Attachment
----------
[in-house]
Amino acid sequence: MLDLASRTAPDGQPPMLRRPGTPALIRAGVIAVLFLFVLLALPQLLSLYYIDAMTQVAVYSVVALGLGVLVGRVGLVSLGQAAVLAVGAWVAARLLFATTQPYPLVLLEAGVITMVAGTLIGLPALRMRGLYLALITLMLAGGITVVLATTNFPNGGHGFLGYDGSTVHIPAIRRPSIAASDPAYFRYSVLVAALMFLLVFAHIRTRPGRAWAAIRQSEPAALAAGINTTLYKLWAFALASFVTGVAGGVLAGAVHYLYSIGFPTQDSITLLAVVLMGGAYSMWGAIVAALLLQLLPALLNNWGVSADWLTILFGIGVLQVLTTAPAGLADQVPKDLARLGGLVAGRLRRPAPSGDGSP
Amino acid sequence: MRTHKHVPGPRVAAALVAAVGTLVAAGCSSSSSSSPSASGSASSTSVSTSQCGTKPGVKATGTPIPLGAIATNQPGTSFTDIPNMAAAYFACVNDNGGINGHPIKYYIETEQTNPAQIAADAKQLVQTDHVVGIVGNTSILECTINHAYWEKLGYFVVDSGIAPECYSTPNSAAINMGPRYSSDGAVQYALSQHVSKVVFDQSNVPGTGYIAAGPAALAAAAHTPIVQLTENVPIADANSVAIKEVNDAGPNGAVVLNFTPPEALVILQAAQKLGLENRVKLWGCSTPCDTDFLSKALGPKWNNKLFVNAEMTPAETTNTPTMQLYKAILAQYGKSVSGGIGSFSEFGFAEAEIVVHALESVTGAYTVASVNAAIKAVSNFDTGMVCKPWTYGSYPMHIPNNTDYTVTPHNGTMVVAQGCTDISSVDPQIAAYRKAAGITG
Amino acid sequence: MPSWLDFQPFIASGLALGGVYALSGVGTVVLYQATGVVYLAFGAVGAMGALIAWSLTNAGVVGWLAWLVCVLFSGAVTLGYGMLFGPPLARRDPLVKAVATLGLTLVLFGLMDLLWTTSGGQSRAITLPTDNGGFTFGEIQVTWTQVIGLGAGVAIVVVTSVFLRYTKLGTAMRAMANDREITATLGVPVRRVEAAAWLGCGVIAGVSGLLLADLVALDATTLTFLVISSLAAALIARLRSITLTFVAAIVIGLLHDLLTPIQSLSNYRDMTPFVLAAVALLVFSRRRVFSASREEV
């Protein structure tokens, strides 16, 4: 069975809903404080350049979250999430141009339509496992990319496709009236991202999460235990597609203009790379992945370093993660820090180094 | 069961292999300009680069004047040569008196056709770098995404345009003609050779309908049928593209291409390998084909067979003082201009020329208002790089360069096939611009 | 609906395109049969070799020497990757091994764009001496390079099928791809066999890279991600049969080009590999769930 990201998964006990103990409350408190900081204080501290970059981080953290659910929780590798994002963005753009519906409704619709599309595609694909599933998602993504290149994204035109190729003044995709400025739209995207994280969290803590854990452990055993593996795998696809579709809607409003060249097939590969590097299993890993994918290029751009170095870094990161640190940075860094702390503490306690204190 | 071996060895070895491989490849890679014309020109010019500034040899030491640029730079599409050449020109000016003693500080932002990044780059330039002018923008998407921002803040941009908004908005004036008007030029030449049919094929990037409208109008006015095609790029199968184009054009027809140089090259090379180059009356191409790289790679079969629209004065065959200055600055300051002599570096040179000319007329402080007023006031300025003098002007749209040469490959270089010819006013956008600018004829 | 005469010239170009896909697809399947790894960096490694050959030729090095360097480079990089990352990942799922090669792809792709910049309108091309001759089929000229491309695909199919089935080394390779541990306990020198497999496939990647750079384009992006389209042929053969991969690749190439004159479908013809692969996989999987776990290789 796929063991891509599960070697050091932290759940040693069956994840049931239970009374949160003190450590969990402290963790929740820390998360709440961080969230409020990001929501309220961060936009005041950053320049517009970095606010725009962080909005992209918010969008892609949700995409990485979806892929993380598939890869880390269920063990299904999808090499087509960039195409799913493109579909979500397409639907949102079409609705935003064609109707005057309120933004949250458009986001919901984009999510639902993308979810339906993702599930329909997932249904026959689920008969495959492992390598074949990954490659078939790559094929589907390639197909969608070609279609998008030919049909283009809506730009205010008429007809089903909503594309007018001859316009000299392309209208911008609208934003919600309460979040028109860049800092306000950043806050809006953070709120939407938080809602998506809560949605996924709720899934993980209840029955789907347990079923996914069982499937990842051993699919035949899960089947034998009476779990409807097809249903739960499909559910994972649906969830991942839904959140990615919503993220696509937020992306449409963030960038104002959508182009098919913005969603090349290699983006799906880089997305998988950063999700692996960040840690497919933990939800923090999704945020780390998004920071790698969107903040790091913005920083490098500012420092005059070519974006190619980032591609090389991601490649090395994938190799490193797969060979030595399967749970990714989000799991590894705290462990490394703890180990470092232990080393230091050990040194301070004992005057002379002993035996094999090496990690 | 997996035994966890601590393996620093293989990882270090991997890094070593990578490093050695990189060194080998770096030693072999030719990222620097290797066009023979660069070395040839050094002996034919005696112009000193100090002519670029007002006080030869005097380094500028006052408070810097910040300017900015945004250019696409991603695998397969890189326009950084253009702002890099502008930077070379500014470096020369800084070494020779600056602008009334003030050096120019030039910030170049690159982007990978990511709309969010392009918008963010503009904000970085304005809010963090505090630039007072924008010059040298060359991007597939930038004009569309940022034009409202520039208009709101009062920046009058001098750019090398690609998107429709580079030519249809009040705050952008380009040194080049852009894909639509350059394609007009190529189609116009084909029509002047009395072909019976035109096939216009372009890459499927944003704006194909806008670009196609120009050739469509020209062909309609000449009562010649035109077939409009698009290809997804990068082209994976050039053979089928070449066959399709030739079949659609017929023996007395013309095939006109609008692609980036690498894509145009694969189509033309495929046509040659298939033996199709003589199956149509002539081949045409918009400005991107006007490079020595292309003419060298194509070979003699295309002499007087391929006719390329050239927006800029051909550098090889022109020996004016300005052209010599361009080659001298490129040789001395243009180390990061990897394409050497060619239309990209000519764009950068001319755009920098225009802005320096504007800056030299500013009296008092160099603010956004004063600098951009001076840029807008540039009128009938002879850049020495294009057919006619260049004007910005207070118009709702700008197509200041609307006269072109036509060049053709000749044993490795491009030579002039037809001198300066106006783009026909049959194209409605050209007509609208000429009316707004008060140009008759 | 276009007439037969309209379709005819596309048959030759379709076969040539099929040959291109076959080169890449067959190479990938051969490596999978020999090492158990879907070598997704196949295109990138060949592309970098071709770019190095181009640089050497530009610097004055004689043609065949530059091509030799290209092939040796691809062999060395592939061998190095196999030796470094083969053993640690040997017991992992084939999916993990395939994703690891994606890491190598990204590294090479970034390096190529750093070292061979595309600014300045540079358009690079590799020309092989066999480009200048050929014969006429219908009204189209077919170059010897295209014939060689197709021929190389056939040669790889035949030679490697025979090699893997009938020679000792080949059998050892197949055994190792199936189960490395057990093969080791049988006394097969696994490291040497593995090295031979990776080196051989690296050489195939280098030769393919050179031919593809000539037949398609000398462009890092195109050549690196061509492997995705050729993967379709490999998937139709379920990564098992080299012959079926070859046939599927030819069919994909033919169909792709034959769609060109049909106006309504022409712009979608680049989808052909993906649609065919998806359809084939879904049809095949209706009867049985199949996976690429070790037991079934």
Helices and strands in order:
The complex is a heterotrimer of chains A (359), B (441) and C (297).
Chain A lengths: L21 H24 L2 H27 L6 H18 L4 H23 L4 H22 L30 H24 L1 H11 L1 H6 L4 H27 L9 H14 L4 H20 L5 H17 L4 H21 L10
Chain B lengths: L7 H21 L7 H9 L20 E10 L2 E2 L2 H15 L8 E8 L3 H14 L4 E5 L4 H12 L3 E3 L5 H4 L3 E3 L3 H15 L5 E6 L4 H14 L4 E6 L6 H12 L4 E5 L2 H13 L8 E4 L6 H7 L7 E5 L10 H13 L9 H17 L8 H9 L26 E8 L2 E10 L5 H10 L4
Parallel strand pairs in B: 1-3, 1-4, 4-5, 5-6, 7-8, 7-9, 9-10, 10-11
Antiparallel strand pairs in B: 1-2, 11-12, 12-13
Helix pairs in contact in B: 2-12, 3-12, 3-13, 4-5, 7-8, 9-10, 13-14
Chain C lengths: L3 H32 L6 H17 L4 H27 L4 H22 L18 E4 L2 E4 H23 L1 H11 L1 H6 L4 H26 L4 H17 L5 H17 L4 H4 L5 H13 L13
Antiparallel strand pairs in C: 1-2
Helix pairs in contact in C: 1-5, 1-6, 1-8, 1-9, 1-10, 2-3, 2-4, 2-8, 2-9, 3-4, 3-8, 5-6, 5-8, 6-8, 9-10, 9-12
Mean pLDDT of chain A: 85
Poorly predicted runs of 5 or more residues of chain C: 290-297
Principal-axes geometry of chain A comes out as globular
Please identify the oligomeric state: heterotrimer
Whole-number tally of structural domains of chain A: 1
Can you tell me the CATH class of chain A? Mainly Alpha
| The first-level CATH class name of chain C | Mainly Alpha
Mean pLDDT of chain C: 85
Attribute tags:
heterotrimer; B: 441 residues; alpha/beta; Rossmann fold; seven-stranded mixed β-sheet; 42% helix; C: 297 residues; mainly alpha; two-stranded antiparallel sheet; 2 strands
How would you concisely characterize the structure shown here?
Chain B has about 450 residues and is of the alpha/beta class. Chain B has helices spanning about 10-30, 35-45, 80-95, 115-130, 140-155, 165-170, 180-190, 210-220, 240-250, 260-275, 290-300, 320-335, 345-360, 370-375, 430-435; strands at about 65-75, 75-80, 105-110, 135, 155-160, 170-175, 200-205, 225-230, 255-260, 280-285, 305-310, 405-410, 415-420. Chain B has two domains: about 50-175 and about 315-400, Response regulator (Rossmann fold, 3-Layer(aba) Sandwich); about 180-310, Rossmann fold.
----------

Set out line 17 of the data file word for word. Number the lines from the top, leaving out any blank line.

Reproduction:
Poorly predicted runs of 5 or more residues of chain C: 290-297